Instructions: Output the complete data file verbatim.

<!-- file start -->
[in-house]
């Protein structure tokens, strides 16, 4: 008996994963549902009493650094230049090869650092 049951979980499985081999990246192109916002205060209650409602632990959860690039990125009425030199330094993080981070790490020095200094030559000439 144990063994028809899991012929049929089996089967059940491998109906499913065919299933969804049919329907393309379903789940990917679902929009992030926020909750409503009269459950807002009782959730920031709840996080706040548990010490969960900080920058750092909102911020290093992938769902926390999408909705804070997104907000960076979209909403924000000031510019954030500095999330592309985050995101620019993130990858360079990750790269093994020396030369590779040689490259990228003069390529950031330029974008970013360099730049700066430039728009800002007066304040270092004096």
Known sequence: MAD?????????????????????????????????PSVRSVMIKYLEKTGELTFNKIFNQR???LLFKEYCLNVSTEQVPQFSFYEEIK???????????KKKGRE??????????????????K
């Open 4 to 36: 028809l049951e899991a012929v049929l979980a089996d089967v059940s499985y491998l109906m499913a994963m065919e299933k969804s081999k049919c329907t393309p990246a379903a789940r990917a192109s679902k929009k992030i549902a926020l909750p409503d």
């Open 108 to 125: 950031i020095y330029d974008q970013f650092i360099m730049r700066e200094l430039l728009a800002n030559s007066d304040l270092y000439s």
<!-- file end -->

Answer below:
[in-house]
């Protein structure tokens, strides 16, 4: 008996994963549902009493650094230049090869650092 049951979980499985081999990246192109916002205060209650409602632990959860690039990125009425030199330094993080981070790490020095200094030559000439 144990063994028809899991012929049929089996089967059940491998109906499913065919299933969804049919329907393309379903789940990917679902929009992030926020909750409503009269459950807002009782959730920031709840996080706040548990010490969960900080920058750092909102911020290093992938769902926390999408909705804070997104907000960076979209909403924000000031510019954030500095999330592309985050995101620019993130990858360079990750790269093994020396030369590779040689490259990228003069390529950031330029974008970013360099730049700066430039728009800002007066304040270092004096």
Known sequence: MAD?????????????????????????????????PSVRSVMIKYLEKTGELTFNKIFNQR???LLFKEYCLNVSTEQVPQFSFYEEIK???????????KKKGRE??????????????????K
């Open 4 to 36: 028809l049951e899991a012929v049929l979980a089996d089967v059940s499985y491998l109906m499913a994963m065919e299933k969804s081999k049919c329907t393309p990246a379903a789940r990917a192109s679902k929009k992030i549902a926020l909750p409503d």
């Open 108 to 125: 950031i020095y330029d974008q970013f650092i360099m730049r700066e200094l430039l728009a800002n030559s007066d304040l270092y000439s």